Advocates credit new ‘Right to Counsel’ law with large drop in evictions

Posted On Wed, March 27, 2019 By

Posted On Wed, March 27, 2019 By In affordable housing, Policy

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As 6sqft previously reported, in August of 2017, the city passed a Right to Counsel law which provides free legal help to low-income tenants facing eviction. In its first year the law, which will eventually guarantee representation in housing court to all low-income tenants, provided free legal services to more than 87,000 New Yorkers, and 21,955 New Yorkers threatened by eviction were able to stay in their homes. A new analysis released this week, conducted by the Community Service Society, shows that the decline in evictions happened more than five times faster in zip codes where the Right to Counsel law is currently in effect than in similar zip codes where the law is not in effect.

The city recently presented maps and statistics showing that residential evictions by marshals had been drastically reduced–by 37 percent–between 2013 and 2018. And in 2018 alone, that percentage decreased by 14 percent. Now, the new report shows that in its first year, the law has significantly decreased evictions.

The law is currently in effect in 20 New York City zip codes and will be implemented citywide by 2022. According to the report, 60 percent of the people who were able to remain in their homes in 2018 despite eviction proceedings benefited from legal representation under the new law.

The study compares zip codes where the Right to Counsel law is currently in effect to zip codes without Right to Counsel that have comparable rates of poverty and eviction, and comparable numbers of rental units. The zip codes where the law has been implemented accounted for over 60 percent of the overall decline in evictions analyzed, illustrating the effectiveness of the new policy at keeping low-income tenants in their homes.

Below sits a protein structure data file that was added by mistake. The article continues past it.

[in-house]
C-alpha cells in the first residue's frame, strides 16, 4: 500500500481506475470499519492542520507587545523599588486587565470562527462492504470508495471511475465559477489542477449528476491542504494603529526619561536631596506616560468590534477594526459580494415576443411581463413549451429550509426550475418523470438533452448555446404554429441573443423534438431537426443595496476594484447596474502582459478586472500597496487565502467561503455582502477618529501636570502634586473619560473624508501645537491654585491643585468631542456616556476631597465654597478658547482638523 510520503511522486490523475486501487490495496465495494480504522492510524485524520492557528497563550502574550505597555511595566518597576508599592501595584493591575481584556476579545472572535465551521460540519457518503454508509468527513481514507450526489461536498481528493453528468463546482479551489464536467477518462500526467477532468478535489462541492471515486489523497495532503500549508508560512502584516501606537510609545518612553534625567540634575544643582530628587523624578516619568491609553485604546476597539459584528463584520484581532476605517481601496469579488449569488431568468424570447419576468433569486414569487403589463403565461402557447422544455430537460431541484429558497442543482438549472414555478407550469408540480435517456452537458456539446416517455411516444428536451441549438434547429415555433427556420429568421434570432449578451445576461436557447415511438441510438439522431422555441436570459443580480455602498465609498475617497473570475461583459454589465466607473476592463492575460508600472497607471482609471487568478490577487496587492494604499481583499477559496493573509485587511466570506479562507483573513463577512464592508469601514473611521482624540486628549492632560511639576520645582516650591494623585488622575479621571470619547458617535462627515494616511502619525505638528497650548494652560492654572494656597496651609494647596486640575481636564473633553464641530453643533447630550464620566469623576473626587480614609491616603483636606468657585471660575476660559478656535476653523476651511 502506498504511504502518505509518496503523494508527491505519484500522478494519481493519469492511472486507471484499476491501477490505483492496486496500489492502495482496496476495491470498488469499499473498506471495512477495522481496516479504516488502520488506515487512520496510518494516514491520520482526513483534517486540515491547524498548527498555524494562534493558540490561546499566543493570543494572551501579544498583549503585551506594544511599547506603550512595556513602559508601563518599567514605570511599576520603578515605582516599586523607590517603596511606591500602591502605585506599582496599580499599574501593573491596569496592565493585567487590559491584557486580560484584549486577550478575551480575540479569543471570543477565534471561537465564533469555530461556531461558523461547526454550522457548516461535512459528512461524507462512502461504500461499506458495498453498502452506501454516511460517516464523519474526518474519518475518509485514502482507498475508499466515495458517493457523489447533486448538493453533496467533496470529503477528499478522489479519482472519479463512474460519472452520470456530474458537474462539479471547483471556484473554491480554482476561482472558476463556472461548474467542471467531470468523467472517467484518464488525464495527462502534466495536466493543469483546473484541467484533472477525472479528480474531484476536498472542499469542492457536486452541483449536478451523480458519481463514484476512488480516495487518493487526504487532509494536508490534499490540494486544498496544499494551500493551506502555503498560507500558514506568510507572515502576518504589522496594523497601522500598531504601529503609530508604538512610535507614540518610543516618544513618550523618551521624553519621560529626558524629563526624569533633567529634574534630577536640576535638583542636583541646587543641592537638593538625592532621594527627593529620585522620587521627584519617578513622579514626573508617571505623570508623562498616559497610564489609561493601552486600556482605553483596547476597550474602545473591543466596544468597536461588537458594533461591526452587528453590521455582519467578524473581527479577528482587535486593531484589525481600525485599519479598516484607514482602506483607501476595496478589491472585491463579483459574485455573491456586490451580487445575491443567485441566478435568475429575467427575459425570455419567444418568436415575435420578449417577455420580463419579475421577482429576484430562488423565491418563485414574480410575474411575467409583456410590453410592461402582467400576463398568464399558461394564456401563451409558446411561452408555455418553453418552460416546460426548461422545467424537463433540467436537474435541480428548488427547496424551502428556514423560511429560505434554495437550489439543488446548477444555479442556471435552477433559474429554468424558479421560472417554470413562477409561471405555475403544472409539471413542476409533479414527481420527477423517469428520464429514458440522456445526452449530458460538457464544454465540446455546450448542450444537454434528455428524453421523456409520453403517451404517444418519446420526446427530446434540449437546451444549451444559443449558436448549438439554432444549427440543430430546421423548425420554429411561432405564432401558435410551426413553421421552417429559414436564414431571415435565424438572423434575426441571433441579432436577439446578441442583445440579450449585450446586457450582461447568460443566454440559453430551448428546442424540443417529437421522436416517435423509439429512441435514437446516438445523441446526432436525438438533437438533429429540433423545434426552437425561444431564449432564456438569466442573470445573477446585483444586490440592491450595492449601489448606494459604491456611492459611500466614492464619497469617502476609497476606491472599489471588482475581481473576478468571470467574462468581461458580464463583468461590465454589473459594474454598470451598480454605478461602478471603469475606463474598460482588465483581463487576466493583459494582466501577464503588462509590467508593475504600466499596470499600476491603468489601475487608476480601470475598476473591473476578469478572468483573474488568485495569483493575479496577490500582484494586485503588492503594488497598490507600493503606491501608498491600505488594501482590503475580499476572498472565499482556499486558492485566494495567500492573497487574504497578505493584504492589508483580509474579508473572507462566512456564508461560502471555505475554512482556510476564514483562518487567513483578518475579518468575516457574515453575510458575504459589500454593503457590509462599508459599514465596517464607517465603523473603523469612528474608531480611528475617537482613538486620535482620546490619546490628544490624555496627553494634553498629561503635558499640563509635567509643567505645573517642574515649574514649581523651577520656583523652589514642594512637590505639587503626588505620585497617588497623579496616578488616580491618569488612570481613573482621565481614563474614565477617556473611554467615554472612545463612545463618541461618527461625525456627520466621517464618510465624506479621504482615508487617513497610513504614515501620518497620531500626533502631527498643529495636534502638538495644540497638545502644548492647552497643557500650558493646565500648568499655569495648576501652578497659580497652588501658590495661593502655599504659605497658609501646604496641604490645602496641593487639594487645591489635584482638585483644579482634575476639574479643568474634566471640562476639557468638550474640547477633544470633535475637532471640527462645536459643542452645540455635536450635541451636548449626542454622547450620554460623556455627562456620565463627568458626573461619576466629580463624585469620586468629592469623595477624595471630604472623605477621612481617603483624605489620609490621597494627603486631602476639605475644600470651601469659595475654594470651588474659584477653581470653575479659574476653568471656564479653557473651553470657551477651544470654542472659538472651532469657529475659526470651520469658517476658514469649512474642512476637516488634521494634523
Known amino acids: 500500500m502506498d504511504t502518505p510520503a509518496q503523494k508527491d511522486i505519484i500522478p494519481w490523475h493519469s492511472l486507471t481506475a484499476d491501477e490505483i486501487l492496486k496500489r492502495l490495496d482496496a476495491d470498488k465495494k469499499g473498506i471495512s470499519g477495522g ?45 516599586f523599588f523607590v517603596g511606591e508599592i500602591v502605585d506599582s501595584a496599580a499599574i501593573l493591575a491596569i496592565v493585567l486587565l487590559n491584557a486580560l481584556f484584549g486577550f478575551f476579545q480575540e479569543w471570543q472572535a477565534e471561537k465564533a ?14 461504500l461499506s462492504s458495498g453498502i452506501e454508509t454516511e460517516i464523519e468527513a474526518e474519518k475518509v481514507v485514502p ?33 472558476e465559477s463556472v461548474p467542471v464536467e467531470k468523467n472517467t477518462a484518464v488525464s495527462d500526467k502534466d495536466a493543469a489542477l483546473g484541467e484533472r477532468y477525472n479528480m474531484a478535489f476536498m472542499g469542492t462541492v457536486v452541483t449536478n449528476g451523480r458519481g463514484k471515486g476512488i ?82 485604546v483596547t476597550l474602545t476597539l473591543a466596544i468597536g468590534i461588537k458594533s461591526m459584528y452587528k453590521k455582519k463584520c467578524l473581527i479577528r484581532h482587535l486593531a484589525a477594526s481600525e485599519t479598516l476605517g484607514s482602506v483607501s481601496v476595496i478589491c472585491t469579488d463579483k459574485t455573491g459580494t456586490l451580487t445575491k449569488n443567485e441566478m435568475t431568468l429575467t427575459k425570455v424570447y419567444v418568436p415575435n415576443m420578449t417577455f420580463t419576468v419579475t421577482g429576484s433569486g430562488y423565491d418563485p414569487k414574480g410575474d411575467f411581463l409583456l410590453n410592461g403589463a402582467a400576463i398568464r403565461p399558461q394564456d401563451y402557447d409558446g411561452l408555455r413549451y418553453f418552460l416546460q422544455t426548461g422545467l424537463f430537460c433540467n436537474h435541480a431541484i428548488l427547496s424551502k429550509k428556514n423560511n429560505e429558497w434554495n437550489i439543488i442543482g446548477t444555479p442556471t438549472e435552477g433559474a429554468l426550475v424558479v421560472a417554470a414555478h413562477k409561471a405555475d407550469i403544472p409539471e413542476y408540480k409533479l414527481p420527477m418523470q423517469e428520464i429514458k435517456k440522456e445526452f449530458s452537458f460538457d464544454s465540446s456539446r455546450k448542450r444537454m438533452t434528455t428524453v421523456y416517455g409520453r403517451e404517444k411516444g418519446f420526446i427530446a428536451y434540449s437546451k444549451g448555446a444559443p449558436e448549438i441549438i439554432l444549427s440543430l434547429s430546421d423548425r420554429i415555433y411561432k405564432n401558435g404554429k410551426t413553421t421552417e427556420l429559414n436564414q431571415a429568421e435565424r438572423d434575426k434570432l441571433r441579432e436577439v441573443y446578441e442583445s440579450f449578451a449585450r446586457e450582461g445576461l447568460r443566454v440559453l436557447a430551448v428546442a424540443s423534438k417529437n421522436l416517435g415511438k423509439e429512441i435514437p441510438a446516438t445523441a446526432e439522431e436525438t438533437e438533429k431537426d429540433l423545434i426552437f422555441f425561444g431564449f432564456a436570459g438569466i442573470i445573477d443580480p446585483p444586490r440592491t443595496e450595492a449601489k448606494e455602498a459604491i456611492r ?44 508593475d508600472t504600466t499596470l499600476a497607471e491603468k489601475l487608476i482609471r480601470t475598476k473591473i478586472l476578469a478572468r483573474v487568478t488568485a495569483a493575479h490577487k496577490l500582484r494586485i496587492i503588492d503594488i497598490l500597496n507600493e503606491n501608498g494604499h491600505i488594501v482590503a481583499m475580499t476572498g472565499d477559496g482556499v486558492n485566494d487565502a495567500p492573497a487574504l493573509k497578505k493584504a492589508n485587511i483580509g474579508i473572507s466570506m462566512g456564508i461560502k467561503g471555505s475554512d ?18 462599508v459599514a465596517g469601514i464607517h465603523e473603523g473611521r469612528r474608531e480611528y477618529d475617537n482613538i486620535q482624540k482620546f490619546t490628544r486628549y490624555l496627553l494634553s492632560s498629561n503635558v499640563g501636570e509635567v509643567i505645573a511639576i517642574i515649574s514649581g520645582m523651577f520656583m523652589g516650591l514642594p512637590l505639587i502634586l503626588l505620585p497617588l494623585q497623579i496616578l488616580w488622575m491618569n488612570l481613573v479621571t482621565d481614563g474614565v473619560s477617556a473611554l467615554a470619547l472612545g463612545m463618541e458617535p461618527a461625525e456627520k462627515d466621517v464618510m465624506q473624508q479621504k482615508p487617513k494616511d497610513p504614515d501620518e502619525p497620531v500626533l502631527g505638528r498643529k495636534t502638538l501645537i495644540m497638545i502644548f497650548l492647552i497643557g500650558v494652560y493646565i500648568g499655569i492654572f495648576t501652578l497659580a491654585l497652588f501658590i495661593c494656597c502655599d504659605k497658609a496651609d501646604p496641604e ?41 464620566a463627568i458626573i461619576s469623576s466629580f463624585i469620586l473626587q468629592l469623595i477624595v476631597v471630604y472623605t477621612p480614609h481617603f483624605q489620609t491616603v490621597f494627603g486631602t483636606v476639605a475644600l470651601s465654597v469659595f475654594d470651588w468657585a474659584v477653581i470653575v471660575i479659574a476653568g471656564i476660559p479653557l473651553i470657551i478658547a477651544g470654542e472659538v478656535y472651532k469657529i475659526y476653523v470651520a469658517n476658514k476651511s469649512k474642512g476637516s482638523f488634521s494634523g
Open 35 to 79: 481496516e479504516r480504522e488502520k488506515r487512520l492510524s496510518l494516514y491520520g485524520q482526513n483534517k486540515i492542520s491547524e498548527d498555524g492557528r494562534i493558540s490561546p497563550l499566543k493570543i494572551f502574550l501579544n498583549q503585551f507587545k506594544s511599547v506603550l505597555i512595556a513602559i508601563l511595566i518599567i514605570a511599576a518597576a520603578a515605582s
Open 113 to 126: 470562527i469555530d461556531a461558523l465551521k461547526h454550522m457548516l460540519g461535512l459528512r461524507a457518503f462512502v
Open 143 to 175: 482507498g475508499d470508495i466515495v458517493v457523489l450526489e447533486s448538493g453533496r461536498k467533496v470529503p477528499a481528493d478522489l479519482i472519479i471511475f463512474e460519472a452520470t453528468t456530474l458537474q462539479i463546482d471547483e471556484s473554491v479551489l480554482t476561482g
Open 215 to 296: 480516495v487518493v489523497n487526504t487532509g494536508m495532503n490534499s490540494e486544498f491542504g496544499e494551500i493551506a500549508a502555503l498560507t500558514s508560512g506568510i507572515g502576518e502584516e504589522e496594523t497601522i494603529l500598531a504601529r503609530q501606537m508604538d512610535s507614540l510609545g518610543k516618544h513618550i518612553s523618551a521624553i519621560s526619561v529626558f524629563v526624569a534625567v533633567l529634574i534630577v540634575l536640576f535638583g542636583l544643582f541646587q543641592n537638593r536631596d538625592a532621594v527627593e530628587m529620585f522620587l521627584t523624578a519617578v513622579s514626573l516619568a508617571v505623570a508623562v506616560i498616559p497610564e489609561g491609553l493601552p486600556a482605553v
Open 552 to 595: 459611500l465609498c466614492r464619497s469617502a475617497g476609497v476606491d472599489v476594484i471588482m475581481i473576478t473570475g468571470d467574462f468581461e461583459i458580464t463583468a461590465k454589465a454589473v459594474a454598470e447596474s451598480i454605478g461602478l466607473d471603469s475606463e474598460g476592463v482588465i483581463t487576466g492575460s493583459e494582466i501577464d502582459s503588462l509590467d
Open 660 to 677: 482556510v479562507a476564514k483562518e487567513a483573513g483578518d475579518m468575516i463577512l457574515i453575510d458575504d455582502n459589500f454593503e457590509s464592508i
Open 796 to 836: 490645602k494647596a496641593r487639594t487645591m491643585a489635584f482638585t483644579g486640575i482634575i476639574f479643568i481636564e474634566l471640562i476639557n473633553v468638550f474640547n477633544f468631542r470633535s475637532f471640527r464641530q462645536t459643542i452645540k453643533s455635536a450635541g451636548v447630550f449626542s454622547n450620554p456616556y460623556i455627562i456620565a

Some key findings:

  • From 2017 to 2018, evictions declined more than five times faster in zip codes where the Right to Counsel law has been implemented than in similar zip codes where the law has not yet taken effect.
  • Right to Counsel accounted for more than 60 percent of the overall decline in evictions.
  • Tenants were three times as likely to receive legal services in RTC zip codes, compared to comparable non-RTC zip codes.
  • More than a third of tenants with incomes between 200 and 400 percent of the federal poverty guidelines (and therefore not covered under Right to Counsel, which only extends to those with incomes of less than 200 percent of the poverty guidelines) experience one or more housing hardships, including being threatened with eviction, falling behind on rent, and moving in with other people.

The advocacy organization Right to Counsel NYC Coalition is currently working on Intro 1104, which, if passed, would expand the law’s income threshold to 400 percent of the poverty level. The report found that the additional law could cover 31 percent more tenants in housing court, meaning that nearly all tenants facing eviction in housing court would have access to legal representation.

“This report confirms what we at Legal Services NYC know to be true—Right to Counsel prevents evictions,” Marika Dias, director of the Tenant Rights Coalition at Legal Services NYC, said.

“With 200 advocates defending tenants against eviction citywide, Legal Services NYC attorneys successfully prevent eviction in the overwhelming majority of cases we handle, and in all cases we ensure that tenant rights are upheld. When NYC tenants fought for a right to counsel, they did so believing that having lawyers would help stem the tide of displacement and keep tenants in their homes. They were right!”

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